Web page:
Next Meeting: July 7: Social gathering Next Installfest: TBD Latest News: Jun. 14: June LUGOD meeting cancelled Page last updated: 2001 Dec 30 17:01

• From: Dale Bewley <dale@bMAPSewley.net>
• Date: Tue, 20 Feb 2001 14:08:46 -0800
• References: 20010220134714.A32719@dirac.org

```I have a hard time explaining it to other people, but
you have to picture the binary number in your head and after a while you
memorize most of these.

To convert /30 to the mask I say to myself:
32-30=2 bits
2 bits can create a maximum of 4 in decimal
256-4=252

Once you do enough of that, you quickly see 252 and think /30.
Or see 240 and think /28. (256-240=16 which is 2^4 and 32-4=28)

255.255.254.0 would be /23 meaning 23 bits in the netmask.
If you subtract 254 from 256 you'll get 2. That tells you you have two
/24 subnetworks.

It gets more complicated when you are peeling off a /29 or something in
the middle of the range from 0-255. You have to make sure you network
starts on a boundary divisible by 8. (32-29=3bits = max of 8)

is the subnet?
It's 1.2.3.79 and 1.2.3.72. The next subnet starts at .80 so the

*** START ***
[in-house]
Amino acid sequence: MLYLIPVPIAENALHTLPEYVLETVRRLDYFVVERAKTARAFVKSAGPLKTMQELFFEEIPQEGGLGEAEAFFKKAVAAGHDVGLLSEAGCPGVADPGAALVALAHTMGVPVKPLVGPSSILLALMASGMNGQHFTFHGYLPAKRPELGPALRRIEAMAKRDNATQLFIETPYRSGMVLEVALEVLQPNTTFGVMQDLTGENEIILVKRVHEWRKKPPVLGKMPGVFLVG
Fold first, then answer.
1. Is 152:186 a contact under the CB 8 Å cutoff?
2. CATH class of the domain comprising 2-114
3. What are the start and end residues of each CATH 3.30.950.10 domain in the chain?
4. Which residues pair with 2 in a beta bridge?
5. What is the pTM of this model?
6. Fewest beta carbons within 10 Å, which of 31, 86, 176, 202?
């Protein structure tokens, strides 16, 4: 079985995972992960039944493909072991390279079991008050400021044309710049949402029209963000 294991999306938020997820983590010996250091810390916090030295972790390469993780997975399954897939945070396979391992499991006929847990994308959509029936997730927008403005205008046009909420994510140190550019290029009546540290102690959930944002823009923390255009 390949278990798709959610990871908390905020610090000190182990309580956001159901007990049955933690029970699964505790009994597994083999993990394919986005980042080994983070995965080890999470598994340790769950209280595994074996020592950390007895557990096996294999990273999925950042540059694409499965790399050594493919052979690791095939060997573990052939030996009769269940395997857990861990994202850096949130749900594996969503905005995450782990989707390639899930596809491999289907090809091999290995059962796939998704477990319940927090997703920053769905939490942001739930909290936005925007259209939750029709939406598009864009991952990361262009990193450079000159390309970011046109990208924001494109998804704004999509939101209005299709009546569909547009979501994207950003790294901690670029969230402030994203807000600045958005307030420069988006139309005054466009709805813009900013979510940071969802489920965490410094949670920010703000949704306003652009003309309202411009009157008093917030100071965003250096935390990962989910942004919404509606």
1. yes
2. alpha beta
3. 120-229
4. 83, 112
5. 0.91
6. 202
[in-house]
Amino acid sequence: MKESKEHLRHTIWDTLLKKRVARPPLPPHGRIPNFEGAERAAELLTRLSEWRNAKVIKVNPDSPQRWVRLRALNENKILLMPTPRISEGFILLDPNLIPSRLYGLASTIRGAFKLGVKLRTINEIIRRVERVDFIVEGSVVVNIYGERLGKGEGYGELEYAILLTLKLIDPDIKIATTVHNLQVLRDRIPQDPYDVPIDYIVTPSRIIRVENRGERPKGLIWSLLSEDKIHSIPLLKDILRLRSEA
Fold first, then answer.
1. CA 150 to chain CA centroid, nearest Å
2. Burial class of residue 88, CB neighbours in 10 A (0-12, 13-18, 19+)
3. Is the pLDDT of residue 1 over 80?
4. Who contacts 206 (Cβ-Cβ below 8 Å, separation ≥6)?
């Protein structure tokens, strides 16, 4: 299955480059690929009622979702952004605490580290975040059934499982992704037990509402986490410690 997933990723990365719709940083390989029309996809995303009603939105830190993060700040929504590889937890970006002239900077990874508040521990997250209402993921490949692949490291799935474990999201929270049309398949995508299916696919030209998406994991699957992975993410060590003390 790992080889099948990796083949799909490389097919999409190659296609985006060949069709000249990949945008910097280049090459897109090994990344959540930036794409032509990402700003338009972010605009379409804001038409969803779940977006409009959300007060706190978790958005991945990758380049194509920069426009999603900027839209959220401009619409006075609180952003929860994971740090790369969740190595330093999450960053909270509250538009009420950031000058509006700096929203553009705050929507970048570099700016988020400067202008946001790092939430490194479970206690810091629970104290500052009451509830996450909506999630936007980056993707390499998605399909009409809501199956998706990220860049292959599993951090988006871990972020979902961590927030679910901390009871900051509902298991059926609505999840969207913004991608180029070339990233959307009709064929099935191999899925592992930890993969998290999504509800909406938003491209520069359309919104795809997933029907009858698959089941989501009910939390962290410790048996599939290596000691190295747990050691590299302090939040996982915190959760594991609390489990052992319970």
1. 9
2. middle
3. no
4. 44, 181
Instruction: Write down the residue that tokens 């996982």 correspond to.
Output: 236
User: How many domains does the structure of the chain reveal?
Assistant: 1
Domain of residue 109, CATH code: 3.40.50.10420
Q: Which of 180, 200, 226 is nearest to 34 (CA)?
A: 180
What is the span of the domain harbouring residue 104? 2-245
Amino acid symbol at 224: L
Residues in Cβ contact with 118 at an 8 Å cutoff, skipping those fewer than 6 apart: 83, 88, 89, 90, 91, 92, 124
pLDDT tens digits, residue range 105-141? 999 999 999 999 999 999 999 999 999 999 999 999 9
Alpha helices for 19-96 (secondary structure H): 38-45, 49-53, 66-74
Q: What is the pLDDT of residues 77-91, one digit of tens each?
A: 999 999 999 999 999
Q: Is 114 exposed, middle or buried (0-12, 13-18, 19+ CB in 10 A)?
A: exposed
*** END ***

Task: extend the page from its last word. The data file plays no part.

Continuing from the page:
Sorry if that wasn't much help.
If anyone has a easier way to explain that, please do.
I probably should have just kept my mouth shut. :)

On Tue, 20 Feb 2001, Peter Jay Salzman wrote:
> is there a way to see, without converting numbers to binary and performing a
> a bitwise and, that:
>
>       131.155.72.0/255.255.254.0
>
> means all addresses from 131.155.72.0 through 131.155.73.255?  is there
> short cut for this?
>
> something like "255 means that quad is firm, 254 means you can go one
> higher, and 0 means the quad can be anything"?  i know that's "loose talk",
> but is it generally true?
>
> pete
>
> --
> "It's better to be safe than assimilated."                   p@dirac.org
>                       -- Chakotay                            www.dirac.org/p
>

--
Dale Bewley - Bewley Internet Solutions Inc. http://bewley.net/
```